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    In electronic systems, higher harmonics are generated by distortion of the fundamental sinewave. Where the distortion of positive signals is different to that of negative signals, it will generate even numbered harmonics. If the distortion affects the signal symmetrically, it will generate only odd harmonics. Audio processing equipment is linear and has very low distortion.
    Sub-harmonics, at fractional frequencies below the fundamental, or multiples of the fundamental period, are only generated when energy or information storage is available.

    Sampling a signal can be seen as a multiplication which is a non-linear process. It can generate alias frequencies if filters are not used to block some parts of the spectrum.
    Image frequencies are generated in non-linear systems. The generation of an image frequency requires that two different signals be multiplied together to generate sum and difference components of the input frequencies. One of those may be called the image of the other.

    Thought experiments based on false assumptions will lead you astray if you do not first understand the fundamentals. If something does not make sense you need to study the fundamental terminology of electronics, signal processing and fourier analysis, before you extend your paralogical model into a heap of irreality.
  8. Jan 7, 2019 #7


    Staff: Mentor

    Thank you. I never heard of that, but now that you point it out, I see it must be true.

    PF offers new things for me to learn every day.
  9. Jan 7, 2019 #8
    I'm not sure this was pointed out ... but I've dwelled on the topic a bit and the explanation may be this simple:

    The tape recorder/player is band-limited. Let's say, 18khz is the highest freq. it can record/playback.

    We record a very high-freq sound ... for the sake of argument, let's invent a piano key that's centered at 16khz. When this key is hit, its string will produce 16k and overtones (harmonics). The tape recorder will attenuate any signal over 18khz, so most of the overtones will be "cut off" in the recording.

    When it's time to cut the record, the tape deck (with that 16k piano key audio signal) is connected to the lathe and we begin cutting. Although the lathe is also bandlimited (say 18k again), this is an electronic filter (in the lathe's preamp); the cutting stylus acts like a tuning fork and can vibrate to its mechanical limit (so it may very well vibrate at overtones well past the electronic filter cutoff).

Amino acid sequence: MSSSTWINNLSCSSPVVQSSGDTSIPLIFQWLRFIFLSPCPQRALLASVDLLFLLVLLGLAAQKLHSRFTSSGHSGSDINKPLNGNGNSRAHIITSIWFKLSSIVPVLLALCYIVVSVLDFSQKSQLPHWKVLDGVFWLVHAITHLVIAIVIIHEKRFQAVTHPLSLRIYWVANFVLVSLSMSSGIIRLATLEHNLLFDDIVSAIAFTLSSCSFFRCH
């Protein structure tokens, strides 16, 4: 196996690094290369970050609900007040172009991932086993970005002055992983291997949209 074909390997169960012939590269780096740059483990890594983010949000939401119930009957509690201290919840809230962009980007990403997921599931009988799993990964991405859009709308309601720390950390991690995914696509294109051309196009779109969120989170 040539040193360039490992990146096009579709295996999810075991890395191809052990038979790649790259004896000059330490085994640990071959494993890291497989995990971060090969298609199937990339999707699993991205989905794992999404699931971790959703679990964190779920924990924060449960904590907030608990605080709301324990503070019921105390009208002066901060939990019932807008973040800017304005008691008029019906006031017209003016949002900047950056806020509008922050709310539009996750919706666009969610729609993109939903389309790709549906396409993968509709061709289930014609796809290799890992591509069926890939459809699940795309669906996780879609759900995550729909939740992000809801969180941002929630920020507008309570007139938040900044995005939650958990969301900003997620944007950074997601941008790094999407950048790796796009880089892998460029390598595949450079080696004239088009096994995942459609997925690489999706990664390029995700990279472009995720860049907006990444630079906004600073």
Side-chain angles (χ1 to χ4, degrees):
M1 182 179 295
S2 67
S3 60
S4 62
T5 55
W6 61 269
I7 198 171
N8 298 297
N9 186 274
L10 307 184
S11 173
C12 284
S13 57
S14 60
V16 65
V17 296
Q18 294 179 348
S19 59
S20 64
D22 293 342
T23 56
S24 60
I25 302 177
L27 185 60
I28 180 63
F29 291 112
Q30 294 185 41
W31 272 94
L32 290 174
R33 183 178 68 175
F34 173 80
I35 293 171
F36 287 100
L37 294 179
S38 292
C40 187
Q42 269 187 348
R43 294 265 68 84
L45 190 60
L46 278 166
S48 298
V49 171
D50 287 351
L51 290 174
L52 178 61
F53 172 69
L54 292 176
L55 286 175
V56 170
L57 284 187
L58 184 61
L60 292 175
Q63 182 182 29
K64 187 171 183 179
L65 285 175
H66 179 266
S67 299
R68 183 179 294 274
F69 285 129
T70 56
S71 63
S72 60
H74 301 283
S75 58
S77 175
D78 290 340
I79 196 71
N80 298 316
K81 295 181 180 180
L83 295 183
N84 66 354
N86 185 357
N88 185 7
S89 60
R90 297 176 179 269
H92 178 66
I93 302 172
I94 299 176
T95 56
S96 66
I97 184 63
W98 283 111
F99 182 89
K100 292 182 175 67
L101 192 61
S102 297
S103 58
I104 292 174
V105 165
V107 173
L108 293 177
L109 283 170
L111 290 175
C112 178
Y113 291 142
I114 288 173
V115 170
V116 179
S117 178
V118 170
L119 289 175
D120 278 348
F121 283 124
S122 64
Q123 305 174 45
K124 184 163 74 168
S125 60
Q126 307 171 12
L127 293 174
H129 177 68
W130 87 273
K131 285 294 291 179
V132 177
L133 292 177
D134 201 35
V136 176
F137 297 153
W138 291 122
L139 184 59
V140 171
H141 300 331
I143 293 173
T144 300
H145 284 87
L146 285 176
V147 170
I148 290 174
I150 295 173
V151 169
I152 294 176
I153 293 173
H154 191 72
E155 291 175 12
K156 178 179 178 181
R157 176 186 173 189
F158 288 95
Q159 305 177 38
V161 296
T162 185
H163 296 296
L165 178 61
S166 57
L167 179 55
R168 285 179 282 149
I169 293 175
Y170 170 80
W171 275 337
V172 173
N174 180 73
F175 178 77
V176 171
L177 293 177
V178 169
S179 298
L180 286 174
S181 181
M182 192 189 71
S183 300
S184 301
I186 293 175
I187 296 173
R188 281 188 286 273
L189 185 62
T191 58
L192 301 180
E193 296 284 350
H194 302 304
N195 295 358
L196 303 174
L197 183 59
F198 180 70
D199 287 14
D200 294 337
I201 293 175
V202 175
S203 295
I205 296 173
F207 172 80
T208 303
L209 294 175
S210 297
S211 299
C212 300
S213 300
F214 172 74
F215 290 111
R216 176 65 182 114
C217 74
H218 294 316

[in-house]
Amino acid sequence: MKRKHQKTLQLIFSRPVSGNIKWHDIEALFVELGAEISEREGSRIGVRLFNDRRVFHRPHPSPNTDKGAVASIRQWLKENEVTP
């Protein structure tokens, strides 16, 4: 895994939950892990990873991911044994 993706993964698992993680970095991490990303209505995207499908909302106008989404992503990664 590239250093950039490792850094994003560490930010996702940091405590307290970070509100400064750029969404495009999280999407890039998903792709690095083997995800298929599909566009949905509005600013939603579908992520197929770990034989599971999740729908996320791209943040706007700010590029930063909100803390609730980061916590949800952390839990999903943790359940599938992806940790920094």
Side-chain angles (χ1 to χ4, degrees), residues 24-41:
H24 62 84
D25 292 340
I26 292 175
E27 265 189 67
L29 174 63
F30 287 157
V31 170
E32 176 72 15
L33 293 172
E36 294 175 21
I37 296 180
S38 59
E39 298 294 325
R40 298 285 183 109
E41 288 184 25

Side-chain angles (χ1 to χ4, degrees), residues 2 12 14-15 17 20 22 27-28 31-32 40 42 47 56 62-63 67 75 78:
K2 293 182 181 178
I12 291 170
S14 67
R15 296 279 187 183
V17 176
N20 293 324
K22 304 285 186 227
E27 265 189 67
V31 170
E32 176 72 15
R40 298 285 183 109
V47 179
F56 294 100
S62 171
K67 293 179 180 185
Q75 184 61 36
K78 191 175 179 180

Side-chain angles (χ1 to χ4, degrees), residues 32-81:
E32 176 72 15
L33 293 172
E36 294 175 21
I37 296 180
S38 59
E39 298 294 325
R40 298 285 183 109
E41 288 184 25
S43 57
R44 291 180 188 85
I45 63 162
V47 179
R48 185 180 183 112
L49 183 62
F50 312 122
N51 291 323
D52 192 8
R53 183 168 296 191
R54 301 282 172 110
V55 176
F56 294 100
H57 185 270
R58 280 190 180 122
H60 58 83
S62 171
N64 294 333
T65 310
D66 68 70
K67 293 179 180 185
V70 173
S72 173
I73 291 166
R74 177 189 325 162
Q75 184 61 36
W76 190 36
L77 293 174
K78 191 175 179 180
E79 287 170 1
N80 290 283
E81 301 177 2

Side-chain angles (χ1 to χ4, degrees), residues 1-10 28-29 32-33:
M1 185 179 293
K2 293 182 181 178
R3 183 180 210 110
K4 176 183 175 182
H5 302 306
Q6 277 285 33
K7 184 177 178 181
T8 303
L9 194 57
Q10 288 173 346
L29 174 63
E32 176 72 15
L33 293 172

Ditto case at the playback end (at the record player): when the stylus meets the groove with the 18k signal, the stylus may very well (naturally) ring at overtones. And this is reproduced in the generated electrical signal.
    This "phenomenon" is seen in a lot of vinyl record spectrograms, as in the case of the prev. noted:

  10. Jan 7, 2019 #9
    On a related note...

    Watch the following YouTube video (it's about spectral analysis of the 1985 digitally-recorded Beach Boys album, which was released on vinyl):

    The vlogger concluded that post-22khz content is "inaccuracies in vinyl" or "cartridge mis-tracking".
    But I'm not sure I buy that. For one, he did not repeat the experiment with another turntable/cart. Or he didn't attempt to re-align the cart. Etc. ,etc.
    What could be some reasons for the post-22k ultrasonic content shown in the video? HINT: See my last post ;)!!
  11. Jan 8, 2019 #10


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    That spectrum looks an awful lot like (very) minor overload distortion that could be anywhere, or cumulative from everywhere, in the signal chain from the digital-to-analog (D/A) output of the original digital recording to the A/D convertor in your computer. That level of 60db to 80db below signal is 0.1% to 0.01% of signal. Distortion of 0.1% might be detectable by ear in an A-B test of a pure sinewave... but don't bet on it in your local bar!

    Here is a rather high-end 16 bit A/D from 2005 that guarantees "No missing codes to14 bits".
  12. Jan 8, 2019 #11


    Staff: Mentor

    I think the OP questions have been adequately answered.

    Thread closed.